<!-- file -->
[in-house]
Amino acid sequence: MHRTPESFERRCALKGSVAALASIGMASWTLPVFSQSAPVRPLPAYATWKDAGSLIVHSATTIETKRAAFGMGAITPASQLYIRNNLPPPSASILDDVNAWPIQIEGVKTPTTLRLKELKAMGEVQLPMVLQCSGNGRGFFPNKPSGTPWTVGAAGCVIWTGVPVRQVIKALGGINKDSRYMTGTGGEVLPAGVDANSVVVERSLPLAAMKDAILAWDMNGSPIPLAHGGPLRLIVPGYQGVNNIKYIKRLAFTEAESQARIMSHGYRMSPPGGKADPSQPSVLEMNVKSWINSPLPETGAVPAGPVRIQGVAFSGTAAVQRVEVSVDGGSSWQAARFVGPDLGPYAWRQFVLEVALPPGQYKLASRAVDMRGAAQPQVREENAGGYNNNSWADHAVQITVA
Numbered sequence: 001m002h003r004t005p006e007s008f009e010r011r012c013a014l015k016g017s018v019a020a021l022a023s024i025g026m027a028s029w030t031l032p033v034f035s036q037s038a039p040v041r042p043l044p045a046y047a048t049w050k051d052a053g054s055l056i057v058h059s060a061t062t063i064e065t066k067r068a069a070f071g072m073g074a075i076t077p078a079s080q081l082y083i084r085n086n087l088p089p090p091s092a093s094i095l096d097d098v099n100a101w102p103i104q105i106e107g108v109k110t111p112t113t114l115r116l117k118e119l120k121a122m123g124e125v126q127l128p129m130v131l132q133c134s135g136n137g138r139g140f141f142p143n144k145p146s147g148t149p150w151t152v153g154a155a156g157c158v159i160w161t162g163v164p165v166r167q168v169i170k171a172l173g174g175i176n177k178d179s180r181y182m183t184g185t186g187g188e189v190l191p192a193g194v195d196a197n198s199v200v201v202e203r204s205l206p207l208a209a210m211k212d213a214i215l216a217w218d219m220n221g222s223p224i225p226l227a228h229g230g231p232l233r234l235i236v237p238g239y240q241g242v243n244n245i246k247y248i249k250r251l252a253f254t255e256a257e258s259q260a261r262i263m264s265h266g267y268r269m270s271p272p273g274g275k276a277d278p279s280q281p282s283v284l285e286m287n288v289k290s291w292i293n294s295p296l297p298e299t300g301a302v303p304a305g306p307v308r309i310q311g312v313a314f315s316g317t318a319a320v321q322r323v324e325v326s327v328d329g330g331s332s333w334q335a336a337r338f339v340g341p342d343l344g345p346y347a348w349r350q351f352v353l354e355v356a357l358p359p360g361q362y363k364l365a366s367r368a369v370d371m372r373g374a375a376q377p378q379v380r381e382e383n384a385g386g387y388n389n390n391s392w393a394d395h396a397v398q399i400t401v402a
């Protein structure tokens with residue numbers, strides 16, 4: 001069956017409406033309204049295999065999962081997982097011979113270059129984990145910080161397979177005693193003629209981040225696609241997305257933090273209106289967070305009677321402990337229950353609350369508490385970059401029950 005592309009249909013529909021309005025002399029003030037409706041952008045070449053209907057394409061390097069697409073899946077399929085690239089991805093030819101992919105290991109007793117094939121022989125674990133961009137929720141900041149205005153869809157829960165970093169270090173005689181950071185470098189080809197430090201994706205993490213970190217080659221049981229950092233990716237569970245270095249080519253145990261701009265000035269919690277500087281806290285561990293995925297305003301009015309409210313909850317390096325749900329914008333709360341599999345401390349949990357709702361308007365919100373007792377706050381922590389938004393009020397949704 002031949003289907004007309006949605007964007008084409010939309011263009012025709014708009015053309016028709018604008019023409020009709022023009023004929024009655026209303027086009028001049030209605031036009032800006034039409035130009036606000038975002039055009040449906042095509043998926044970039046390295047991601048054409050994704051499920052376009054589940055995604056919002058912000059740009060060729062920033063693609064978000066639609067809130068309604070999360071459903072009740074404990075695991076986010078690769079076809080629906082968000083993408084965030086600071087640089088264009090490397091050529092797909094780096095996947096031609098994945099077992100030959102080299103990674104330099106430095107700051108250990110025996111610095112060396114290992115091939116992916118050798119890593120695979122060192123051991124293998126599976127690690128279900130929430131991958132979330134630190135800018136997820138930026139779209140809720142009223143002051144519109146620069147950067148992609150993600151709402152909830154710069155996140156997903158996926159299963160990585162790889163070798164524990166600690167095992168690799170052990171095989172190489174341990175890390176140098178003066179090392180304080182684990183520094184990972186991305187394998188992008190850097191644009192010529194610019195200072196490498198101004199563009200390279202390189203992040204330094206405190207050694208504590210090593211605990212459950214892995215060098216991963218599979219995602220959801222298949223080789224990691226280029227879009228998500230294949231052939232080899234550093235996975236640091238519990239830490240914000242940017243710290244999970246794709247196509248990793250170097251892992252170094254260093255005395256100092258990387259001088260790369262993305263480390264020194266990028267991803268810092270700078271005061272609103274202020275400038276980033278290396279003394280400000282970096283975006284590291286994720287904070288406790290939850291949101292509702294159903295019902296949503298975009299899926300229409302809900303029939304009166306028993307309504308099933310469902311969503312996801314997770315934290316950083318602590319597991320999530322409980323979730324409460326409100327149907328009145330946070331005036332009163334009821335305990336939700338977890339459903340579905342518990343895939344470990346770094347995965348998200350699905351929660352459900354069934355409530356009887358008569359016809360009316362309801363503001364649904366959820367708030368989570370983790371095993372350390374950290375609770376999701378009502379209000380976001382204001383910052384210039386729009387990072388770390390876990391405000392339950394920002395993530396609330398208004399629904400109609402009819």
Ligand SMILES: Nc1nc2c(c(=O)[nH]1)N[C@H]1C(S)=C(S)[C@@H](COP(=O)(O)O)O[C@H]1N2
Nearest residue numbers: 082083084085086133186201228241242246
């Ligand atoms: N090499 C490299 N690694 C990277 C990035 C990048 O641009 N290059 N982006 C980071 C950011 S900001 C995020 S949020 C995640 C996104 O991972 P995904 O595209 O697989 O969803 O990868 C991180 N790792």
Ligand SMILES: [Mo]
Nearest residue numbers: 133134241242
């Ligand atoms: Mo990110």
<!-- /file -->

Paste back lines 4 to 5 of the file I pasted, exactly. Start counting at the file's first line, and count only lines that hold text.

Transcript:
């Protein structure tokens with residue numbers, strides 16, 4: 001069956017409406033309204049295999065999962081997982097011979113270059129984990145910080161397979177005693193003629209981040225696609241997305257933090273209106289967070305009677321402990337229950353609350369508490385970059401029950 005592309009249909013529909021309005025002399029003030037409706041952008045070449053209907057394409061390097069697409073899946077399929085690239089991805093030819101992919105290991109007793117094939121022989125674990133961009137929720141900041149205005153869809157829960165970093169270090173005689181950071185470098189080809197430090201994706205993490213970190217080659221049981229950092233990716237569970245270095249080519253145990261701009265000035269919690277500087281806290285561990293995925297305003301009015309409210313909850317390096325749900329914008333709360341599999345401390349949990357709702361308007365919100373007792377706050381922590389938004393009020397949704 002031949003289907004007309006949605007964007008084409010939309011263009012025709014708009015053309016028709018604008019023409020009709022023009023004929024009655026209303027086009028001049030209605031036009032800006034039409035130009036606000038975002039055009040449906042095509043998926044970039046390295047991601048054409050994704051499920052376009054589940055995604056919002058912000059740009060060729062920033063693609064978000066639609067809130068309604070999360071459903072009740074404990075695991076986010078690769079076809080629906082968000083993408084965030086600071087640089088264009090490397091050529092797909094780096095996947096031609098994945099077992100030959102080299103990674104330099106430095107700051108250990110025996111610095112060396114290992115091939116992916118050798119890593120695979122060192123051991124293998126599976127690690128279900130929430131991958132979330134630190135800018136997820138930026139779209140809720142009223143002051144519109146620069147950067148992609150993600151709402152909830154710069155996140156997903158996926159299963160990585162790889163070798164524990166600690167095992168690799170052990171095989172190489174341990175890390176140098178003066179090392180304080182684990183520094184990972186991305187394998188992008190850097191644009192010529194610019195200072196490498198101004199563009200390279202390189203992040204330094206405190207050694208504590210090593211605990212459950214892995215060098216991963218599979219995602220959801222298949223080789224990691226280029227879009228998500230294949231052939232080899234550093235996975236640091238519990239830490240914000242940017243710290244999970246794709247196509248990793250170097251892992252170094254260093255005395256100092258990387259001088260790369262993305263480390264020194266990028267991803268810092270700078271005061272609103274202020275400038276980033278290396279003394280400000282970096283975006284590291286994720287904070288406790290939850291949101292509702294159903295019902296949503298975009299899926300229409302809900303029939304009166306028993307309504308099933310469902311969503312996801314997770315934290316950083318602590319597991320999530322409980323979730324409460326409100327149907328009145330946070331005036332009163334009821335305990336939700338977890339459903340579905342518990343895939344470990346770094347995965348998200350699905351929660352459900354069934355409530356009887358008569359016809360009316362309801363503001364649904366959820367708030368989570370983790371095993372350390374950290375609770376999701378009502379209000380976001382204001383910052384210039386729009387990072388770390390876990391405000392339950394920002395993530396609330398208004399629904400109609402009819």
Ligand SMILES: Nc1nc2c(c(=O)[nH]1)N[C@H]1C(S)=C(S)[C@@H](COP(=O)(O)O)O[C@H]1N2